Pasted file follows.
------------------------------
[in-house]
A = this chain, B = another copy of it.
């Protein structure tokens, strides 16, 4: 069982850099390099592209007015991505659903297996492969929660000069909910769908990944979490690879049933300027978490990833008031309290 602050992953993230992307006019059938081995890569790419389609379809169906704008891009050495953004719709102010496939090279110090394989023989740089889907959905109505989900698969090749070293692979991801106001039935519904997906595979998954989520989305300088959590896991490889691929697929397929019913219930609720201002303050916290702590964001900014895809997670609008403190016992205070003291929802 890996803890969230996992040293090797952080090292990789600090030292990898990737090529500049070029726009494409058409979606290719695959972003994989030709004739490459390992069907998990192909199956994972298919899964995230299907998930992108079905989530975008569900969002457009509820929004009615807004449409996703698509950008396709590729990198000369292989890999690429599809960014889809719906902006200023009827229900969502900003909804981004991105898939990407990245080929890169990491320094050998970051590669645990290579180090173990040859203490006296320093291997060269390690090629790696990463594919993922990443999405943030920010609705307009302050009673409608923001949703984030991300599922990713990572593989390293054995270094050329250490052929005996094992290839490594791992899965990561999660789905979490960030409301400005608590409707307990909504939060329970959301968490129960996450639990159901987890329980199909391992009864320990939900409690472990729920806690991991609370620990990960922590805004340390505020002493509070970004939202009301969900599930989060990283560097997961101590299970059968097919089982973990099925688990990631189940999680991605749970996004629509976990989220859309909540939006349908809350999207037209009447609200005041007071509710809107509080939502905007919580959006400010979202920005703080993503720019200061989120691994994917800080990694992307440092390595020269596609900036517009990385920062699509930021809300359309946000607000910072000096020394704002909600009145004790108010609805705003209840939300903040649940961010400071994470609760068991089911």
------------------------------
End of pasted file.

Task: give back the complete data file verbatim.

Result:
[in-house]
A = this chain, B = another copy of it.
């Protein structure tokens, strides 16, 4: 069982850099390099592209007015991505659903297996492969929660000069909910769908990944979490690879049933300027978490990833008031309290 602050992953993230992307006019059938081995890569790419389609379809169906704008891009050495953004719709102010496939090279110090394989023989740089889907959905109505989900698969090749070293692979991801106001039935519904997906595979998954989520989305300088959590896991490889691929697929397929019913219930609720201002303050916290702590964001900014895809997670609008403190016992205070003291929802 890996803890969230996992040293090797952080090292990789600090030292990898990737090529500049070029726009494409058409979606290719695959972003994989030709004739490459390992069907998990192909199956994972298919899964995230299907998930992108079905989530975008569900969002457009509820929004009615807004449409996703698509950008396709590729990198000369292989890999690429599809960014889809719906902006200023009827229900969502900003909804981004991105898939990407990245080929890169990491320094050998970051590669645990290579180090173990040859203490006296320093291997060269390690090629790696990463594919993922990443999405943030920010609705307009302050009673409608923001949703984030991300599922990713990572593989390293054995270094050329250490052929005996094992290839490594791992899965990561999660789905979490960030409301400005608590409707307990909504939060329970959301968490129960996450639990159901987890329980199909391992009864320990939900409690472990729920806690991991609370620990990960922590805004340390505020002493509070970004939202009301969900599930989060990283560097997961101590299970059968097919089982973990099925688990990631189940999680991605749970996004629509976990989220859309909540939006349908809350999207037209009447609200005041007071509710809107509080939502905007919580959006400010979202920005703080993503720019200061989120691994994917800080990694992307440092390595020269596609900036517009990385920062699509930021809300359309946000607000910072000096020394704002909600009145004790108010609805705003209840939300903040649940961010400071994470609760068991089911």